Joan Baez is set to receive a special honor in Our Nation’s Capital.
The 80-year-old half-Mexican American contemporary folk singer has been selected to receive the 43rd Kennedy Center Honors alongside Garth Brooks, violinist Midori, choreographer Debbie Allen and the ageless Dick Van Dyke.
“It has been my life’s joy to make art,” said Baez in a statement. It’s also been my life’s joy to make, as the late Congressman John Lewis called it, ‘good trouble.’ What luck to have been born with the ability to do both; each one giving strength and credibility to the other.”
Traditionally held in December, the 2020 edition of the Kennedy Center Honors was postponed to May 2021 due to the ongoing effects of the COVID-19 pandemic.
Live events and filming are planned for the week of May 17-22. The Honors Gala will be recorded for broadcast on CBS as a two-hour primetime special that will air on June 6 at 9:00 pm ET/PT.
But the pandemic will have an impact on how the event is staged, with live-filmed tributes and virtual moments to take the place of the traditional event in a packed Kennedy Center Opera House.
“The center’s entire campus will come alive with small, in-person events and re-envisioned virtual tributes. Featuring multiple events for physically-distant audiences in locations across the Kennedy Center’s campus…Programs for each event will encompass both performances and speaking tributes for the honorees,” according to a statement. “Virtual events will also be held throughout the week beginning May 17, and the viability of additional in-person events will be considered as COVID-19 safety protocols evolve over the upcoming months…An honoree medallion ceremony for the honorees and a limited audience will be hosted by the Kennedy Center during [the week of] May 17–22.”
President-elect Joe Biden is expected to attend the Honors Gala, as presidents traditionally have done (barring a national crisis). Donald Trump was the first president to decline the invitation every year of his term.
This is the first time in five years that a majority of the honorees have been women. Carole King, Rita Moreno and Cicely Tyson were three of the five honorees in 2015.
“The Kennedy Center Honors serves as a moment to celebrate the remarkable artists who have spent their lives elevating the cultural history of our nation and world,” said David M. Rubenstein, Kennedy Center Chairman.
Here’s a look at each of this year’s honorees:
Joan Baez: The folk legend had three top 10 albums on the Billboard 200 in the 1960s, including Farewell, Angelina. Her classic version of Robbie Robertson’s “The Night They Drove Old Dixie Down” reached No. 3 on the Billboard Hot 100 in 1971. Baez was just 21 when she made the cover of Time in November 1962. Baez has one of the longest spans of Grammy nominations in history, from 1962 to 2018. She has yet to win a Grammy in competition (despite nine nods), but she received a Lifetime Achievement Award from the Recording Academy in 2007.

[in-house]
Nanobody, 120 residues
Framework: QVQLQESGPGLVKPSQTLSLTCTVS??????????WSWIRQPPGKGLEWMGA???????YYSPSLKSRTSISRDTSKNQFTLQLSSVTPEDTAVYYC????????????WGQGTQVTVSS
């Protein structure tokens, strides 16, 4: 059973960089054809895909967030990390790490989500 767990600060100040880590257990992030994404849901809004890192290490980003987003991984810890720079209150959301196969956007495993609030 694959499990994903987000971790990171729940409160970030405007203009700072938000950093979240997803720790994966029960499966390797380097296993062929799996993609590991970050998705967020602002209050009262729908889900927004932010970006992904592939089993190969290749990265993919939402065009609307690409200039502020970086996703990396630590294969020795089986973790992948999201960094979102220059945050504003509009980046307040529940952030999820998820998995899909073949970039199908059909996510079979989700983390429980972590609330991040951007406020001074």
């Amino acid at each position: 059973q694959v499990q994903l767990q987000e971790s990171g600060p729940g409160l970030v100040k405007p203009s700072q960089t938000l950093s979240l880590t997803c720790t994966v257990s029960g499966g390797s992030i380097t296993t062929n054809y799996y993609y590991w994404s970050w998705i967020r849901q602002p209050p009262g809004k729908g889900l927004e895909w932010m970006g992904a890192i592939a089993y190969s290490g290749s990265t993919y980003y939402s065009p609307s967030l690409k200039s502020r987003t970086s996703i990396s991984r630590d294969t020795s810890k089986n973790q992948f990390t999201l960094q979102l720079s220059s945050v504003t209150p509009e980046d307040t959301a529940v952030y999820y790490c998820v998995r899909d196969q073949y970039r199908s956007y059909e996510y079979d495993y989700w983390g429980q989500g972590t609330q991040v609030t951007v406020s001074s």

Garth Brooks: The country star, 58, is one of the best-selling recording artists in history. The RIAA lists him second only to The Beatles, with 157 million albums sold in the U.S. (compared to 183 million for the Fab Four). He has had nine No. 1 albums on the Billboard 200, including Ropin’ the Wind, which topped the chart for 18 weeks, still the record for a country album. Brooks has amassed 14 CMA Awards, including a record seven awards for entertainer of the year. He was artist of the decade for the 1990s at the ACM Awards. He has won two Grammys. He received the Gershwin Prize for Popular Song last year. He made the cover of Time in 1992 in a story headlined “Country’s Big Boom.”
Midori: The Japanese-born American violinist, 49, was just 19 when she received her first (and to date only) Grammy nomination for best classical performance, instrumental soloist (without orchestra) for the album Paganini: 24 Caprices For Solo Violin Op. 1. She made her debut with the New York Philharmonic at age 11 as a surprise guest soloist at the New Year’s Eve Gala in 1982.
Dick Van Dyke: The actor, 95, won three Emmys for The Dick Van Dyke Show (1961-66), which is widely regarded as the granddaddy of smart, sophisticated sitcoms. He also won an Emmy in 1977 for Van Dyke & Company, which took outstanding variety or music series. He was inducted into the Television Academy Hall of Fame in 1995. He won a Tony in 1961 for Bye, Bye Birdie (in which he introduced the jaunty “Put on a Happy Face”) and a Grammy for 1964’s Mary Poppins (in which he took the lead in singing the Oscar-winning “Chim Chim Cher-ee”).
Debbie Allen: The actress, dancer, choreographer, singer-songwriter, director and producer, 70, has won three Emmys for choreography: two for Fame and one for Motown 30: What’s Goin’ On. She also received two Tony nods for acting in revivals of West Side Story (1980) and Sweet Charity (1986). She is a former member of the President’s Committee on the Arts and Humanities.